“I had to cut the tree down that was growing through the old bike I found.” It reads like some kind of urban legend or biking folk law, right up there with the story of the guy who wheelied all the way home after he punctured the front. That and the one about loud pipes saving lives… but we’re here to tell you that sometimes the truth is stranger than fiction. And the guy with the saw? Introducing Wes York from Indianapolis, Indiana and his rather sawdusty Honda CB750 brat.
“Two years ago I found a ‘73 CB750 and a ‘74 CB550 that had been rotting away in a field in Illinois for over 20 years. I had to cut down a tree growing through the wheel to remove the bikes (yes, seriously) but after we got them out I discovered the 750’s motor was free.”
Wes says that he’s always had an appreciation for the industrial age and it’s relics because of their raw, mechanical, do-it-yourself feel. To him, a vehicle is best appreciated when it is stripped down to its purest form, without any fancy paint jobs or flashy chrome. Or leaves, we guess.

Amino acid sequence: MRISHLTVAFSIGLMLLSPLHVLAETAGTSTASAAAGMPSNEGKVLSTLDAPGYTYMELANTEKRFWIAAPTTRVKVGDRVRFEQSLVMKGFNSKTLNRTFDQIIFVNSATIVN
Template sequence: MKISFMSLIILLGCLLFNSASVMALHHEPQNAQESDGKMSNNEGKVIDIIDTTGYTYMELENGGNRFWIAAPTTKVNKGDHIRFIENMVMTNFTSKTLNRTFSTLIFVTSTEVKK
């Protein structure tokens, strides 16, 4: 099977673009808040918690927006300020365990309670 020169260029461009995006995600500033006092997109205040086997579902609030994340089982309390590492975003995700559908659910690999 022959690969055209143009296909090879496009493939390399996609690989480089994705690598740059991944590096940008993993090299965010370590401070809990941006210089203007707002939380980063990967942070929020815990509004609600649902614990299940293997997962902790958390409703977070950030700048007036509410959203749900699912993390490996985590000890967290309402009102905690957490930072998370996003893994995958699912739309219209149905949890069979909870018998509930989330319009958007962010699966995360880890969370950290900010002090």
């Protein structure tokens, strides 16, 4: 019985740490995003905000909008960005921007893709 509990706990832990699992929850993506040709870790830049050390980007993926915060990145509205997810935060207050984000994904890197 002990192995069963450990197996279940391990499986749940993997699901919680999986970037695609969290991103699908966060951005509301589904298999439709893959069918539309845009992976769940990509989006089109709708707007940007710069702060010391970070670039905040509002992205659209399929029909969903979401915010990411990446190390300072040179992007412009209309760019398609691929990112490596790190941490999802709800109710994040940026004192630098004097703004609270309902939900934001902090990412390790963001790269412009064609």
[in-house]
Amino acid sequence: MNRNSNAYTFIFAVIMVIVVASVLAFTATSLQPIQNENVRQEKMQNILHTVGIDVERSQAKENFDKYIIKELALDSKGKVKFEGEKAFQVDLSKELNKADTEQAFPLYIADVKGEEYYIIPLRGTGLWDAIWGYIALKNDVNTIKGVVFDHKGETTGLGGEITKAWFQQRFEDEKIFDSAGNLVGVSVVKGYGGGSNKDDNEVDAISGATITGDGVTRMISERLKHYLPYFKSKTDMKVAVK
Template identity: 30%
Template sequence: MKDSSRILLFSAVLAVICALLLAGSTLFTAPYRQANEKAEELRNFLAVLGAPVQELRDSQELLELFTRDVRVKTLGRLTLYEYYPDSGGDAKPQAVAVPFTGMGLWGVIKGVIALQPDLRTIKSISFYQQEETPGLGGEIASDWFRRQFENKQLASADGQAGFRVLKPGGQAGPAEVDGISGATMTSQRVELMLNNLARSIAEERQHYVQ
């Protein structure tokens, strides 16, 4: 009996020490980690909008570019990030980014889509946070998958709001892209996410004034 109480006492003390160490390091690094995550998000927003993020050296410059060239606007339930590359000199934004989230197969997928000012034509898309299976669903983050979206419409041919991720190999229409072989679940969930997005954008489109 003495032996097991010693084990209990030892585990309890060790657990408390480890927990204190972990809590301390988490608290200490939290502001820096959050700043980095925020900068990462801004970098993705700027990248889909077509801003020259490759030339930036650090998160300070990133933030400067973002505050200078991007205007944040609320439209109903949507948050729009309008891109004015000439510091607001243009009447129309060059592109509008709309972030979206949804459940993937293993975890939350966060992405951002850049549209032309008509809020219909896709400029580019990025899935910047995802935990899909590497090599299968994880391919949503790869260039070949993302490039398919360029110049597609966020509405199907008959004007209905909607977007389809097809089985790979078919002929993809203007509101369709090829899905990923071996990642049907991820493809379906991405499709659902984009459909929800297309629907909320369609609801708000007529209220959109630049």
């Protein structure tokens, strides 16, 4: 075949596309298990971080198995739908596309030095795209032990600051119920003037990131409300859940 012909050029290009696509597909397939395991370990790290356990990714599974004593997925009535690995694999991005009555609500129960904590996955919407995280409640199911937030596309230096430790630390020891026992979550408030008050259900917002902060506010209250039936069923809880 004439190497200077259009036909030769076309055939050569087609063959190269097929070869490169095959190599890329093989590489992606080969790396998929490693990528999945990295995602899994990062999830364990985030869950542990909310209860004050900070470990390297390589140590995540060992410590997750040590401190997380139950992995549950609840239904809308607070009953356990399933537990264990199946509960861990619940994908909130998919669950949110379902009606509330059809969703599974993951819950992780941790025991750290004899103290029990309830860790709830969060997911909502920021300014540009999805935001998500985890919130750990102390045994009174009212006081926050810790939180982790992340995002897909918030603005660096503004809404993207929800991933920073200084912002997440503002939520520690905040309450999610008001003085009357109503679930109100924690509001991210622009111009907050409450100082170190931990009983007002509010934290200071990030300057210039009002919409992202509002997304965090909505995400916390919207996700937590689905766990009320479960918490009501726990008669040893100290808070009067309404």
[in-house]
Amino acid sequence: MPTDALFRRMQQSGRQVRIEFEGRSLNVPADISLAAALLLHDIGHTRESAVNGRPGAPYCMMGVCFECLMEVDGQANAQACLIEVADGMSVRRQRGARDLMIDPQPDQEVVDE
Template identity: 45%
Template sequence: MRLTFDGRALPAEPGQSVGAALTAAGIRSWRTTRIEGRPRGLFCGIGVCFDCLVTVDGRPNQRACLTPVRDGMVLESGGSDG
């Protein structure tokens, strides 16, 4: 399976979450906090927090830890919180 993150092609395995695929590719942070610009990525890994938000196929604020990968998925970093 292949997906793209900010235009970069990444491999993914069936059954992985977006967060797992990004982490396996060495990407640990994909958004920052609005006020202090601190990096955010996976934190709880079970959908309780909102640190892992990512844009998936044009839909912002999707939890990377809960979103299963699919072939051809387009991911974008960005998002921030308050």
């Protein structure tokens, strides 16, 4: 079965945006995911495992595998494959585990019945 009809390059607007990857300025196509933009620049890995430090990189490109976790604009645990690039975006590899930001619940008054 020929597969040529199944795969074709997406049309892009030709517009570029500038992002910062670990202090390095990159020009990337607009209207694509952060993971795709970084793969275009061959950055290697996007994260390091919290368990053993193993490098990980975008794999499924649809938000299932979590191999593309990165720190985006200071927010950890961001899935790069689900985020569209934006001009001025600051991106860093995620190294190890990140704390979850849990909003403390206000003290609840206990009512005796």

“To achieve this raw, mechanical look I started with a new frame and cut off just about every extra tab and the rear section of the frame to weld in the new hoop. I machined the top triple flat, installed clip-on bars and replaced the gauges with a GPS unit to make the highest point of the bike the fork tops.”
Wes then obtained an original Ford Model A tail light and converted it over to 12 volt to make it usable. He also managed to get his hands on a 1978 Super Sport tank and decided to sand it and the motor down to give them a brushed metal look. The wheels were blasted, powder coated, re-laced with new spokes and wrapped in vintage Firestone tires to complement the retro/industrial look.
“The bike had an original 4-into-1 Kerker header that I wrapped in exhaust wrap and left as an open pipe. I made a custom flat seat with diamond stitching to try to distance my look from the traditional cafe tail section that I feel is a little over used now-a-days. In the end, I couldn’t be more happy with the outcome of the bike and I look forward to starting the next project. It means a lot to me to bring a motorcycle like this back to life that was certain to rust away and die.”
Wes also took the time to say a huge thanks to his family and friends for their help. He also wanted us to mention his wife for her complete support in his ‘sometimes frustrating but satisfying hobby.’ Awe, shucks, Wes.